Top 5 Homes of the Week With Striking Glass Walls
Architect: Schwartz and Architecture, Location: San Francisco, California
From the architect: "It is often difficult to create a sense of openness and continuity in multi-level urban homes. By allowing the staircases of this three-story structure the freedom to shift location on each level—defining a continuous flow of space and movement—we turn this challenge on its head, elevating the prosaic stairwell into the key architectural and unifying feature of the home."
Designer: Loft Kolasinski, Location: Berlin, Germany
From Leibal: "The design of a newly-built home in the Prenzlauer Berg district of Berlin features furniture designed and made by Loft Kolasinski: a bed, a chaise lounge, a table, a bench, and hangers. In addition, the project uses unique furniture, lighting, and vintage carpets from the '50s and '60s originating from the Czech Republic, Switzerland, Germany, and Poland. Unique graphics from the Polish artist Stanisław Dawski dating back to the 1950s and a painting by the Brazilian painter Aecio Sarti were used. The unique detail of the equipment is made by traditional Polish pottery clay dishes and pots."
Architect: Jeff Jordan Architects, Location: Sea Bright, New Jersey
From the architect: "Located within walking distance of the beach, this Jersey Shore vacation home for a Manhattan-based couple rises to an ocean view and has plenty of space for family and friends. Because the city's zoning code limits all residential construction to two stories, the goal of the design was to create the best possible views of the ocean while respecting the constraints imposed by the local government. For this reason, the second floor and above mezzanine level became critical to the success of the design. Further, because this house would be used primarily during the warmer periods of the year, it was necessary to create comfortable and functional outdoor spaces."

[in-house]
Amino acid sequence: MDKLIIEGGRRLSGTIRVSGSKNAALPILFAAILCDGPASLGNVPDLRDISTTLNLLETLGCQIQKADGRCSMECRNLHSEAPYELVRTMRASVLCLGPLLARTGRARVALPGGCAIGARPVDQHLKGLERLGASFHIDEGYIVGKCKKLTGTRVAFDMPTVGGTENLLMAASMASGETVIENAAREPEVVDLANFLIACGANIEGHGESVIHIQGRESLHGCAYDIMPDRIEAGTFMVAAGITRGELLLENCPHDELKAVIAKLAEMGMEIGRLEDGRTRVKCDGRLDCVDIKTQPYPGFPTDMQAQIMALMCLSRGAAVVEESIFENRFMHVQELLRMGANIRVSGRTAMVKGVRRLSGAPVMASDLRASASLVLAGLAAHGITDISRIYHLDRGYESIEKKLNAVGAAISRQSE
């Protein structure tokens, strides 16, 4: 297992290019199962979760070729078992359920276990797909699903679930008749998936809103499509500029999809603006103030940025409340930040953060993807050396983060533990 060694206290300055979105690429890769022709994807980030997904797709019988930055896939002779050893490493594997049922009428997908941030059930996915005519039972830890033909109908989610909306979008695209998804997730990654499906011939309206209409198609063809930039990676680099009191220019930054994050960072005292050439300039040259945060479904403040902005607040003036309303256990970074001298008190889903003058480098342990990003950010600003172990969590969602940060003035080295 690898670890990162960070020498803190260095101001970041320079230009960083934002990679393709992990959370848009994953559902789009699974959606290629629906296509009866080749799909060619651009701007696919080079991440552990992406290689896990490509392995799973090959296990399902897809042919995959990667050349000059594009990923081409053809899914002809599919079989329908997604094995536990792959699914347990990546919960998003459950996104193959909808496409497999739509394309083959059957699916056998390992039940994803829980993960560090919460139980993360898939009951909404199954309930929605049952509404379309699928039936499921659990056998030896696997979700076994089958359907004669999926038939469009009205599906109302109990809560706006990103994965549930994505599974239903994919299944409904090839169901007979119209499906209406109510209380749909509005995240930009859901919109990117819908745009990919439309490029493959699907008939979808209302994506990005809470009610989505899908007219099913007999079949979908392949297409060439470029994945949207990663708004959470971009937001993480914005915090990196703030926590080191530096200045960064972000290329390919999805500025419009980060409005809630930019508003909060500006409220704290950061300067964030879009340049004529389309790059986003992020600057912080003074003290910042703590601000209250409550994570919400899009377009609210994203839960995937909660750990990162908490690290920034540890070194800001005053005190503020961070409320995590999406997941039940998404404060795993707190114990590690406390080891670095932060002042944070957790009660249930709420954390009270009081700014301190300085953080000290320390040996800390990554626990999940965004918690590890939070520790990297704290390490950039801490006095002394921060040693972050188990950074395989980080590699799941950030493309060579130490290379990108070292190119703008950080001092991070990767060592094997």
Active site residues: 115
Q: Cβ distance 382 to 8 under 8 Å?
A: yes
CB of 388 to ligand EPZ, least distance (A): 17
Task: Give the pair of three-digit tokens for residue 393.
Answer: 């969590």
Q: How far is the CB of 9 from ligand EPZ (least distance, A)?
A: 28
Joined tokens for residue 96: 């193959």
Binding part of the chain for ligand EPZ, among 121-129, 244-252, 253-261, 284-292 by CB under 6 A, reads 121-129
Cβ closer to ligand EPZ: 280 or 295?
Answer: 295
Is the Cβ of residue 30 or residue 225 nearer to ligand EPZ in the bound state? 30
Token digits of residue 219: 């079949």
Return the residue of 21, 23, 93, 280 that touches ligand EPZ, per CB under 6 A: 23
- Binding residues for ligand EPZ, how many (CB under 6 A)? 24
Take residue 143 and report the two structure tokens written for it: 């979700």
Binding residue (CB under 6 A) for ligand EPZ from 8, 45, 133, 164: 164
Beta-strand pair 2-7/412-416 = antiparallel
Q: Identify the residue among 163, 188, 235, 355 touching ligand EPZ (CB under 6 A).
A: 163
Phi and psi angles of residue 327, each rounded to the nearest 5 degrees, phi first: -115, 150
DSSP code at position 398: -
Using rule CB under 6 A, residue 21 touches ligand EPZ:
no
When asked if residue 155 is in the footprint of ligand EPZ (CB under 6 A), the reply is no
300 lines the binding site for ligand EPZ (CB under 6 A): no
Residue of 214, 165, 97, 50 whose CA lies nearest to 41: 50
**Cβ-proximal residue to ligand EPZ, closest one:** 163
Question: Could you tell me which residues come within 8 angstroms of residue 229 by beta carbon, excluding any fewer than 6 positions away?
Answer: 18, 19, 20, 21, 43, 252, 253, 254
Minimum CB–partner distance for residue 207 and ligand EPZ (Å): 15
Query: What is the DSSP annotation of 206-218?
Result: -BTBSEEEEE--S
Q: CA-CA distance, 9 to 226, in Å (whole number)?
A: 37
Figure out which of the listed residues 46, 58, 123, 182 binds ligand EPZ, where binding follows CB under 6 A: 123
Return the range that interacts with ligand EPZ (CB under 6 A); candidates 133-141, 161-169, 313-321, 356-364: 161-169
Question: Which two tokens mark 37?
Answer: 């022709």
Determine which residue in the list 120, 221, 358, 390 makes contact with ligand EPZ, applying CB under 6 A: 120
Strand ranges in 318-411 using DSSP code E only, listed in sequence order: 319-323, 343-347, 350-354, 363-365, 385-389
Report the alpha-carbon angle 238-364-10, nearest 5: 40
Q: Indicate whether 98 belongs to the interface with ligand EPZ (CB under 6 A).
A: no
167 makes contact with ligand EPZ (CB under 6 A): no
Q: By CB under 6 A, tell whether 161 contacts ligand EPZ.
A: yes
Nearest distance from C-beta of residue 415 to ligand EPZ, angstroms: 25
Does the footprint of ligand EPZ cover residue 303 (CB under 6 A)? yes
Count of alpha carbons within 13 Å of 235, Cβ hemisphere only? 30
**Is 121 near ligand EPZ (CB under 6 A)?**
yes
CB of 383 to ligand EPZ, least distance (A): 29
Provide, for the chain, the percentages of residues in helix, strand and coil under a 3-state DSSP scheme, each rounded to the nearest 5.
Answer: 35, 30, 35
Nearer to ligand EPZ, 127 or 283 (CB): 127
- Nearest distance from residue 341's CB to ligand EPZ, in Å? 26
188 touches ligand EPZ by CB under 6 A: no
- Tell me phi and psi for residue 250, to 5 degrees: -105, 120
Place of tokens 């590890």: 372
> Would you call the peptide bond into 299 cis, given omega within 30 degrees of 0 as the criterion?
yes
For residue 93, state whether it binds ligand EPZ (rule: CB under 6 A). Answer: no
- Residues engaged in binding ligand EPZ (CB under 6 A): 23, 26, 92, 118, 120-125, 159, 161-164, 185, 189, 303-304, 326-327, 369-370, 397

Architect: Kaa Design, Location: Lány, Středočeský kraj, Česko
From the architect: "We worked with the original mass on the level of remodeling the interior layout and window openings. The residential attic was used in the existing volume; we only brightened the roof. The only new annex is a new wooden patio/summer entrance, attached to the garden facade. The original vestibule was demolished. The house entrance was vigorously reorganized. Only the central supporting wall and staircase were left on the ground floor; this allowed for a more contemporary layout of the living space and a connection to the main garden."
Architect: Turnbull Griffin Haesloop Architects, Location: Petaluma, California
From the architect: "Hupomone Ranch is an original 160-acre homestead located in Chileno Valley, just three miles west of downtown Petaluma, California. The ranch had been fallow for over 30 years and the owners, a young family with three children, wanted to build a barn house that would reflect their commitment to sustainable farming, draw on the natural serenity of the site, and build on the sense of place in western Petaluma where farming and ranching are still a part of people’s daily lives."
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